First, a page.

From puppies to police dogs - a trainer's diary (week six)

Date published: 25 June 2010

Following last week's fifth entry of ‘From puppies to police dogs - a trainer's diary’, here is the sixth instalment.

The puppies are now very enthusiastic about all visitors. They race up to the first pair of legs they see entering the house and to show how pleased they are they sink their sharp little teeth in to the visitors flesh usually in the ankle region. I have a pair of thick rubber wellingtons which I slip on before entering the puppy territory.

They love new and novel toys and will play for much longer periods of time but in order to keep them stimulated and distracted away from beating one another up they really need to explore new surroundings. With so many puppies Peter and I can’t go on manoeuvres alone. My son, Daniel and his girlfriend Chelsea gladly volunteered to help out. The four of us then guided the puppies out of the back yard and in to the garden area.

There was no stopping this mob, the puppies poured through the garden across the training area and straight on the school field. With little yips of excitement they chased Peter across the field. This was the first time they had met tarmac and grass but none of the puppies were fazed by their strange surroundings.

Once on the field they could really run and what fun they had. At one point three brave little puppies said farewell and off they went to seek their fortune. It was a worrying time for us as we were trying to keep them all together and these three just kept on going. To chase them would mean the rest of the puppies would follow so we stayed put and called. Finally they reached the horizon where ships fall off the end of Earth and wisely they decided to turn and head for home.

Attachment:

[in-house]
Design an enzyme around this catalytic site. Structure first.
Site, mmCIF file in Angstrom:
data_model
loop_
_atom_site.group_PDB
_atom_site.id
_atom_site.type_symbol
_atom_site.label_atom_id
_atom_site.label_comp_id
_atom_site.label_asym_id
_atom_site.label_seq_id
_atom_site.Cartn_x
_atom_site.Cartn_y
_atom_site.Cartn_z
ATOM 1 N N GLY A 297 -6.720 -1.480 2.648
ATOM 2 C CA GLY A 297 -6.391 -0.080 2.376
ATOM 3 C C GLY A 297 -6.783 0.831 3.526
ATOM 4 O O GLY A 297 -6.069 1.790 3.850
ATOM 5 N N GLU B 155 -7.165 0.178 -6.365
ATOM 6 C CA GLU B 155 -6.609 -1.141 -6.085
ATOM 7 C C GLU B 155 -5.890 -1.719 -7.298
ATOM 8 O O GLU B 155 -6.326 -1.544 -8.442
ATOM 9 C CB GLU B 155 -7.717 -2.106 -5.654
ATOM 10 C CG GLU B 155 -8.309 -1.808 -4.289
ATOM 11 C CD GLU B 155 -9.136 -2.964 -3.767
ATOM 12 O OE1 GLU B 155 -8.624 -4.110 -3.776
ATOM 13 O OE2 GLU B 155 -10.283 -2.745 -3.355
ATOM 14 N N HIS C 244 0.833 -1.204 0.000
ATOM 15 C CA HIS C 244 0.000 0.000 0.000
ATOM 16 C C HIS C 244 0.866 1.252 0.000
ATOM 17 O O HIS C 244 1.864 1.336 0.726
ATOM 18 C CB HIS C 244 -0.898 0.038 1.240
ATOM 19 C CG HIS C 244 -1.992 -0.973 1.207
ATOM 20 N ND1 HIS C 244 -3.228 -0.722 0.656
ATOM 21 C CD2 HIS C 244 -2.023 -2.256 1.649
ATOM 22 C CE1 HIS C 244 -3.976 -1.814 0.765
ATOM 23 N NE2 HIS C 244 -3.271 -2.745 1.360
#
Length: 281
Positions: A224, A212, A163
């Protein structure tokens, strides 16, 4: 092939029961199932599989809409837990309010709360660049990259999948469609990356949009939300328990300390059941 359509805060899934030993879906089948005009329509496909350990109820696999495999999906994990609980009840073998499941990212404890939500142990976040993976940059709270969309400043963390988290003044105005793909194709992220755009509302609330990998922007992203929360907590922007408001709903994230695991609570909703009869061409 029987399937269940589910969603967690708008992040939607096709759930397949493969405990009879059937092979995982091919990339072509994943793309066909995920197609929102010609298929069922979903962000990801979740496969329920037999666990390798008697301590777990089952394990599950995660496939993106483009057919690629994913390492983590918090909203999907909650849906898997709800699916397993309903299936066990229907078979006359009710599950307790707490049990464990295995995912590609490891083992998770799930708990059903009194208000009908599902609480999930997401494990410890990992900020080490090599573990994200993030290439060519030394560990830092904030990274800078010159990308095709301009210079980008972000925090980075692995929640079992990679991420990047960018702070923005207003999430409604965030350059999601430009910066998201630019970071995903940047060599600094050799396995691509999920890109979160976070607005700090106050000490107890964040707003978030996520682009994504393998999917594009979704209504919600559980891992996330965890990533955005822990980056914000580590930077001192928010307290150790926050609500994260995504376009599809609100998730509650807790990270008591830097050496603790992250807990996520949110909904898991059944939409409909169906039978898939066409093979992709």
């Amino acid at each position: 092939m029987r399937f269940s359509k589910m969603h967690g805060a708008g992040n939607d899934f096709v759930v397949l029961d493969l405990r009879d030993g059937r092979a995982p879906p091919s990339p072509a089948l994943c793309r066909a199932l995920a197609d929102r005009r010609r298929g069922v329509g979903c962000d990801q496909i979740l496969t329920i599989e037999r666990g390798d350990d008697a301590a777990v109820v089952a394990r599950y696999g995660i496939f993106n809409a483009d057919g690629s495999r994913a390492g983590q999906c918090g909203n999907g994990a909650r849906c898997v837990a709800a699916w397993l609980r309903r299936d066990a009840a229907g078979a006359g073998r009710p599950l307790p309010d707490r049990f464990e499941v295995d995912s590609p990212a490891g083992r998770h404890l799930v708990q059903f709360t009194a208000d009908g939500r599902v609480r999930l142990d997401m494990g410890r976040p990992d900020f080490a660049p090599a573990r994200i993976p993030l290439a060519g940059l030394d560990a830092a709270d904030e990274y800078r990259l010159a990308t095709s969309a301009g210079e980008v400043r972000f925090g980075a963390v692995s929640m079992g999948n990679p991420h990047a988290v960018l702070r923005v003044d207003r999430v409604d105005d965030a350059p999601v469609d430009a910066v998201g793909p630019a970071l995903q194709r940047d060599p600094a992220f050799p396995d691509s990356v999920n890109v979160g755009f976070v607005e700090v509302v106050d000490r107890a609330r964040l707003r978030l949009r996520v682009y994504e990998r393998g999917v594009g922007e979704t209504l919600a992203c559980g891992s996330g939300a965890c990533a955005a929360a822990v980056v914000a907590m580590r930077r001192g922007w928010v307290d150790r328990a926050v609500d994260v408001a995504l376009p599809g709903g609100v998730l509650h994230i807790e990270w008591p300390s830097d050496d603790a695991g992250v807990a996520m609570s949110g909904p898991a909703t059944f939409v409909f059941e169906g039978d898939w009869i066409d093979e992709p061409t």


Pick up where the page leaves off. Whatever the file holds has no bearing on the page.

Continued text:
This was the longest we had ever seen them exert themselves and the whole of the time we were out there none of them wanted to rest.

When my puppy, Celt came on to the field all eyes turned to him. He is just nine weeks old but much bigger and stronger than these puppies. He has to be supervised and is not allowed to engage in rough play because of the size difference. However he is very good and inhibits his biting and playing to match these smaller opponents. Unfortunately everybody decided they loved Celt and started to mob him which was great fun at first but as Celt grew tired and the mob grew bigger we stepped in and picked him up whilst the mob dispersed.

At the end of this week when the puppies are just seven weeks Dave will return and the puppies will be put through the puppy test then taken to their new homes.

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